Last few years have been marked with an increased mainstream interest in politics. And like every type of discourse that has been touched by mainstream media, it has been weaponized and the whole affair has turned into a shit-flinging festival of buzzwords and labels.
And in a world where everything has bled together with politics, this is quite a dangerous thing. Economics, philosophy, sociology - everything has a political undertone now. Which is maybe not inherently terrible, but the modern landscape of political discourse renders this notion alarmingly harmful. And while some can argue (and quite fairly) that politics are not the cause of many things (e.g. "War is pre-political"- @Outsideness), that hardly matters when politics are the way these things are matters to the public.
Often politics are referred to as a "framework" for the discourse about modern phenomena. I'd like to argue that (and please excuse the technology circlejerk here) politics are a protocol, not a framework. Let's quickly take a look at both constructs:
- Provides a useful set of basic default functionality
- Provides inversion of control (the program flow is controlled by the framework, not the caller)
- Immutable. It may be extendable, but not editable
The first point is quite applicable, no question here. The second point is absolutely false when applied to politics. While at some points the scaffolding of political ideas may take control of the events, that is hardly the norm. And the third point is totally moot, since politics are not a centralized product (as much as mainstream media are attempting to make it one) and are hardly immutable.
- A set of rules that specifies how parties shall communicate
Very simple. Even simpler outside of the digital world, where we can afford to be not as surgically precise as when exchanging data packets in a network. Protocols often are used to build new protocols, to raise the overall level of abstraction. And this, I believe, is a more apt description of politics and political discourse.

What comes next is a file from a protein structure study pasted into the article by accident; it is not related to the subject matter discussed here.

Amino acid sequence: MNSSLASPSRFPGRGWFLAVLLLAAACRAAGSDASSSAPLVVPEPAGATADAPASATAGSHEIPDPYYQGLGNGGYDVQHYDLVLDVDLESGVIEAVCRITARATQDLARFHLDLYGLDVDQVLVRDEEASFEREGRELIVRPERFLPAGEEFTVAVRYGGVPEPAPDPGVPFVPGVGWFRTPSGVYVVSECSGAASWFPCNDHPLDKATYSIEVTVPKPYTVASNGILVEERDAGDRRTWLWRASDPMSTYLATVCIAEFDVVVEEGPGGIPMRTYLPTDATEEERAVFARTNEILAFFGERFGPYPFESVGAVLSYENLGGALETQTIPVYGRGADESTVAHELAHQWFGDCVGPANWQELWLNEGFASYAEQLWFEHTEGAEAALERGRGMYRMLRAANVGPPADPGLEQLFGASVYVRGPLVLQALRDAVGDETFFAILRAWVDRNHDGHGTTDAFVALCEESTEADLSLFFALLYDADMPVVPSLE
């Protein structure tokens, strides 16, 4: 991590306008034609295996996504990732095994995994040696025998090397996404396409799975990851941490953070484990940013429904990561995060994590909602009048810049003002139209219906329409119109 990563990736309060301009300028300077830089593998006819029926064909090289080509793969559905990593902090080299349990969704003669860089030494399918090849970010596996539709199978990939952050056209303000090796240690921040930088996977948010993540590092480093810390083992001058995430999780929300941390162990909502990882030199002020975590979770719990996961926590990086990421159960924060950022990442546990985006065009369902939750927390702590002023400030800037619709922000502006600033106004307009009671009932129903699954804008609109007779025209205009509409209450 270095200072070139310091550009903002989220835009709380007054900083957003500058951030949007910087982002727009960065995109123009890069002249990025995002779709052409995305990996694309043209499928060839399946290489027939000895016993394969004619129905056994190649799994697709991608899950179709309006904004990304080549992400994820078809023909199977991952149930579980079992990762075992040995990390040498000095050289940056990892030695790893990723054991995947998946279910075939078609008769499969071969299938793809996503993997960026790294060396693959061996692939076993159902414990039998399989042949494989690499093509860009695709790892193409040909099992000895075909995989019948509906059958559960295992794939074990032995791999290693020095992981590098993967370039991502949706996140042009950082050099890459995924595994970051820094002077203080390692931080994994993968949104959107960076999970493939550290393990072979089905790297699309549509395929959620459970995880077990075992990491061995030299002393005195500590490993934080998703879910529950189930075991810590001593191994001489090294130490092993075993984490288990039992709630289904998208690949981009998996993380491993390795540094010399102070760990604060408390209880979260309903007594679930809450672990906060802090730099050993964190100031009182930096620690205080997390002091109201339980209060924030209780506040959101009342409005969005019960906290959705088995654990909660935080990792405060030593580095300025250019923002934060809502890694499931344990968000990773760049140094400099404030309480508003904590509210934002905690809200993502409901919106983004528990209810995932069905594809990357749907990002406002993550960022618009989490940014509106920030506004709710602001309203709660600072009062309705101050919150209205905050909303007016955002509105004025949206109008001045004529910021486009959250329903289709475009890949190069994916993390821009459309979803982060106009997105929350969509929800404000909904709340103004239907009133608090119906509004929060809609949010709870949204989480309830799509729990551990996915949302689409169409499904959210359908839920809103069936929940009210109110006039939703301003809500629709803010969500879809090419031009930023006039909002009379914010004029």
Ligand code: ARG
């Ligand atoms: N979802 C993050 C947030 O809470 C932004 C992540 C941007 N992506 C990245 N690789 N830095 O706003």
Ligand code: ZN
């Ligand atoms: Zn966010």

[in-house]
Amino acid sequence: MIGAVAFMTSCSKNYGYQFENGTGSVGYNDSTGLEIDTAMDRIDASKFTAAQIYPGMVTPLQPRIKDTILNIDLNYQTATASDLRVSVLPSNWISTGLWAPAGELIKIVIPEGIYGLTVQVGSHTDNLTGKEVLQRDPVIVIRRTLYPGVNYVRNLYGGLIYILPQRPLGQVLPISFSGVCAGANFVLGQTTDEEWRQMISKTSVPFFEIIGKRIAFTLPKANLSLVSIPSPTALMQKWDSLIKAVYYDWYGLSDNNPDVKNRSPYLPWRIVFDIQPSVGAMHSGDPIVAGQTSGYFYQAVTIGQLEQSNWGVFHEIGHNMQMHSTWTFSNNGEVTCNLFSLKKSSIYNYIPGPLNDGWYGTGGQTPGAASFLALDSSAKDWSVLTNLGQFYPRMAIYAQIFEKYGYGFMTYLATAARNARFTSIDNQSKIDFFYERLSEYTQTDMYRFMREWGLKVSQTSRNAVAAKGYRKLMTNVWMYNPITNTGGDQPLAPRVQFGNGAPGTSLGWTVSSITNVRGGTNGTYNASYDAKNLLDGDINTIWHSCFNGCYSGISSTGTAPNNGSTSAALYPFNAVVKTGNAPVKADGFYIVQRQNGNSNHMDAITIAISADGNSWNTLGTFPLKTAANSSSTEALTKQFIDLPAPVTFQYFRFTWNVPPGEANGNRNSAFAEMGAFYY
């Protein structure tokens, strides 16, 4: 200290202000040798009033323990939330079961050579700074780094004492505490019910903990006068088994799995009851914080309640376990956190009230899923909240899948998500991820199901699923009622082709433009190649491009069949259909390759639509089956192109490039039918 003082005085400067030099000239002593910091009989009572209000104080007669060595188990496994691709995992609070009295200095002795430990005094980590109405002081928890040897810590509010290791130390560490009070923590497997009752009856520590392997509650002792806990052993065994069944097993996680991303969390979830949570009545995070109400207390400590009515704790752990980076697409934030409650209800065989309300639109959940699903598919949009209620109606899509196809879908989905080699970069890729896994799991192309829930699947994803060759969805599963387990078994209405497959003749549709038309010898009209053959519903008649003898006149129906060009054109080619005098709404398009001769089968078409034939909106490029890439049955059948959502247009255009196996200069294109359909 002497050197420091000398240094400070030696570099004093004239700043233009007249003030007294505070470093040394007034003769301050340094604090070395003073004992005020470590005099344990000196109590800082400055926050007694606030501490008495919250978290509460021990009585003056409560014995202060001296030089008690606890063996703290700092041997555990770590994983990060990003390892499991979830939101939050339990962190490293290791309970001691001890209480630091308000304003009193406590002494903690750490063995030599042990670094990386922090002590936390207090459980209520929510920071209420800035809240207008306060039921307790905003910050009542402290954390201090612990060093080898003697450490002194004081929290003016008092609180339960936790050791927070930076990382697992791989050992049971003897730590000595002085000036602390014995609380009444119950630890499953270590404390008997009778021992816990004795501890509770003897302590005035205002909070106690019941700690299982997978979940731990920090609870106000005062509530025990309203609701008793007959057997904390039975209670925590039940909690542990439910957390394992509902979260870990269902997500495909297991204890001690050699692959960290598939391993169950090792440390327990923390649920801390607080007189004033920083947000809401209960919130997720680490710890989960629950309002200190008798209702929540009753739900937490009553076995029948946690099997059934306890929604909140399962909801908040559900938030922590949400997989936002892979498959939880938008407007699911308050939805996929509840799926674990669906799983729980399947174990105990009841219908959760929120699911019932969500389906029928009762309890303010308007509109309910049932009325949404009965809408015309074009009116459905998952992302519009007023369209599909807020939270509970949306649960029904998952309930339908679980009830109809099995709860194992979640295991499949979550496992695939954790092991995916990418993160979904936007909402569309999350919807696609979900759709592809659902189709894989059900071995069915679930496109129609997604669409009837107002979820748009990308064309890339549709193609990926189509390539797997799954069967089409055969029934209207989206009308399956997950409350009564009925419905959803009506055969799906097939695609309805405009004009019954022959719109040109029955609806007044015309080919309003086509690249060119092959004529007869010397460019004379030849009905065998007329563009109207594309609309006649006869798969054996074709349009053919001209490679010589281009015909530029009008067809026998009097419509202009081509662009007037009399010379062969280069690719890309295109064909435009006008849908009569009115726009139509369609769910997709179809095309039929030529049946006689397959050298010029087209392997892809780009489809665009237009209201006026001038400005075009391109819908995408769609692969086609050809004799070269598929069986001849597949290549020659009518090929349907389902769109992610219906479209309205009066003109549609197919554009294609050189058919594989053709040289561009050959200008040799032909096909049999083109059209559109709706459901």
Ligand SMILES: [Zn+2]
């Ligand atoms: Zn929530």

As we know from the history of the Internet, protocols in the digital world have been largely successful. We have such things as UDP, that is a fast but unreliable protocol for data exchange. You may want to switch to TCP is you want guarantees that your data will be safely delivered. On top of these protocols we have built such things as HTTP, which maybe be a quite outdated protocol, but still powers most of the Internet today. It has quite a lot of features that are underused or over-engineered, but that's just how these things go. Software engineers can't predict the future.
And even with all of the archaic anchors that hold HTTP down, we still managed to figure out how to create real-time web applications by building on top of it (e.g. long-polling). When we got tired of the leaky abstractions over HTTP, we build WebSockets. Nowadays we're getting into HTTP/2. The cycle continues. We use old protocols for conveying data in new ways by building abstractions based on clever technical hacks. And then we extract the best bits of these abstractions and build them into a non-hack powered protocol. Thus the capability of adaptive communication rises. New types of communication appear.
Back to politics now.
The mainstream political discourse protocol is quite simple:
- Establish labels
- Establish your Objective Truth (TM) about the label-holders
- Label things (and thus imply your opinion of them)
While this may not be the case for every single instance of political discourse, it is still very close. Smart people on twitter or in cigar bars may sound much more nuanced than that, but it's nothing more than a thin layer of leaky abstraction. That is not to say that the discourse is not worth having or doesn't have any value. Quite the contrary, the discourse is vital and valuable because it has incredible potential. Right now this protocol is on the level of the TCP protocol in the 70's. While it is the basis for most the digital communication today, it is hardly valuable in its original form now. For all of the anti-/trans- humanist sentiments that are popular in some modern intellectual circles, we are caught up in very human, and therefore highly flawed, mechanisms of communication.
Of course the mainstream business of psyops-media is not interested in raising the level of conversation. That would be of no help to them. But in this day and age, nothing stops people from building upon the basics on their own. Castles and towers of concepts and types of communication. That is not to say that many people are not doing that already. I am just here to stress the importance of this process.